Il Polpo (the octopus)

Il Polpo (the octopus)

Sunday, October 13th, 2013

Last Friday was a holiday here (the saint’s day for the city – San Petronio). I thought that most of the stores would be closed, but no, a lot of stores and bars (really a cafe here but they’re called bars) were open. The first one that I happened upon after I walked down the hill to Via Saragozza was a fish store (pescheria). I walked inside to browse and there I found fresh octopus. I’ve never seen in fresh in a store in California – never. I really don’t understand why Americans dinon’t seem to like it. Surely it’s the “yuck” factor. Of course 15 or 20 years ago we had the same reaction to calamari but now it seems that almost everybody has not only become accustomed to it but relishes it. Octopus tastes great and is valued in most parts of the world. I’ve eaten it in Mexico, France and Italy and have friends in Germany that not only eat it but cook it at home.

Before I bought it I sent a text message to Cesarina (my host here) and asked if she liked it and if she know how to cook it. She responded in the affirmative to the first question and in the negative to the second. I’ve never cooked it but, what the heck, I decided to give it a try. For whatever reason she found it hilarious that I’d bought it anyway. As an aside she found it quite inventive when I added some parsely to a tomato sauce that I made – she’s quite traditional. So I trudged home with the critter and checked the web for a recipe. It said to put in the freezer overnight and thaw it in the fridge the next day so that’s exactly what I did.

I was dreading cleaning it. I’ve cleaned a lot of squid and they are pretty disgusting to clean and was afraid that octopus would be worse. But, no, it was really easy to clean. It was also quite easy to cook. Following the recipe I quartered and onion and added it to a pot of water along with 3 or 4 garlic cloves and a little bit of red pepper flakes a couple of bay leaves. Cesarina caught the spirit of adventure and tossed in some tomato scraps. What the heck, it would probably be good. So you cook it for whatever time. The recipe that I had said to cook it for an hour but I tested it after 30 minutes and it was fairly tender and I didn’t want it too soft. I suggested that we use the octopus cooking water to cook some pasta and Cesarina thought that I was a genius. So after extracting the octopus I cooked the spaghetti and it was indeed a great idea. I cut up the octopus into small pieces, coins for the legs and similarly sized pieces for the rest and topped the spaghetti with it. It was delicious! Cesarina contributed some thin grilled eggplant and bell pepper slices for the contorno (side dish) and a bottle of white wine made by neighbors of her daughter and it was a great meal. I had also stopped by a pasticceria (pastry shop) for a couple of baba’ au rum which we had for desert along with a little cup of espresso and, of course, some grappa. A fine meal indeed.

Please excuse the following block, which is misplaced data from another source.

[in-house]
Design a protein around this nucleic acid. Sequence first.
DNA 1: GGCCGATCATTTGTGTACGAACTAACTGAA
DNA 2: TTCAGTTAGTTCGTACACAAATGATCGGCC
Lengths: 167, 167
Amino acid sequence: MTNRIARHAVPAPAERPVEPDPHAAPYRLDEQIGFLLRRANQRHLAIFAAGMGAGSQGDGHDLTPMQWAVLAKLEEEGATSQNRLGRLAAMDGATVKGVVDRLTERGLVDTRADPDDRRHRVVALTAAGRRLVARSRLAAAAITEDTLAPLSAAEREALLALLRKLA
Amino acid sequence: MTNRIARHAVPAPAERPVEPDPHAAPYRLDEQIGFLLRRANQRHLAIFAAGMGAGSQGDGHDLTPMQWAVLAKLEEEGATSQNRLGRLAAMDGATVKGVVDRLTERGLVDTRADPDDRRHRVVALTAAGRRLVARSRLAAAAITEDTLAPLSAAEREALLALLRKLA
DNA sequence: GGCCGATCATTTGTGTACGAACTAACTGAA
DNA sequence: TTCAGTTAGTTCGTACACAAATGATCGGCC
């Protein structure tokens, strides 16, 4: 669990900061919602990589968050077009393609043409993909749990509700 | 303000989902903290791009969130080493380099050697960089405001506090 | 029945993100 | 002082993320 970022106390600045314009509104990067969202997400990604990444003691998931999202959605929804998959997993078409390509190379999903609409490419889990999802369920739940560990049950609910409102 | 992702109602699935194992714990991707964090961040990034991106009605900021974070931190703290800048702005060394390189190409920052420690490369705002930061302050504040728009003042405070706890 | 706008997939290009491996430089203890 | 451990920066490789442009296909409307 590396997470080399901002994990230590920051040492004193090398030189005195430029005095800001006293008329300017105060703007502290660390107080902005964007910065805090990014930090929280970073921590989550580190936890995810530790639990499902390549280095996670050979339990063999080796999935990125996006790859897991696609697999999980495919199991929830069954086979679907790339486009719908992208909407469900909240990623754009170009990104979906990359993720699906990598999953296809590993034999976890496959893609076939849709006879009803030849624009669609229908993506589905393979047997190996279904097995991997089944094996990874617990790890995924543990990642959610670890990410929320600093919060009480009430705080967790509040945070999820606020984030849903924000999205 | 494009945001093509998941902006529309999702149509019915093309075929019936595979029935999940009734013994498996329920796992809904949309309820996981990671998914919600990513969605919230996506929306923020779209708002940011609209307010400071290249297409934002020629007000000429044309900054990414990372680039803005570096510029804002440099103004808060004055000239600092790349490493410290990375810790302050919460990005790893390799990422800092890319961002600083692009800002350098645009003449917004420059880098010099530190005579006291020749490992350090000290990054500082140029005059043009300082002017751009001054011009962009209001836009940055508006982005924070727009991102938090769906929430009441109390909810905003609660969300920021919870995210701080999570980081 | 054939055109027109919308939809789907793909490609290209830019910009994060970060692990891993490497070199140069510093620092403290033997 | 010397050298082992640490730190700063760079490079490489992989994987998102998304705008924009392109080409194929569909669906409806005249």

By the way, at the school here they said that the origin of baba’ au rhum (the italian spelling) is Neapolitan but Wikipedia disagrees. Probably a good point of discussion between a Frenchman and an Italian. Regardless of origin, it is indeed now a very traditional Neapolitan dessert.

Unfortunately I was too busy consuming the meal to take some photos so you’ll have to use your imagination.

2 Responses to “Il Polpo (the octopus)”

  1. Michelle Gabriel Says:

    If you learn how to make baba’ au rhum, I will be begging you for it.

  2. Joe Says:

    I think it’s pretty easy. I’ll let you know if I manage to make it.


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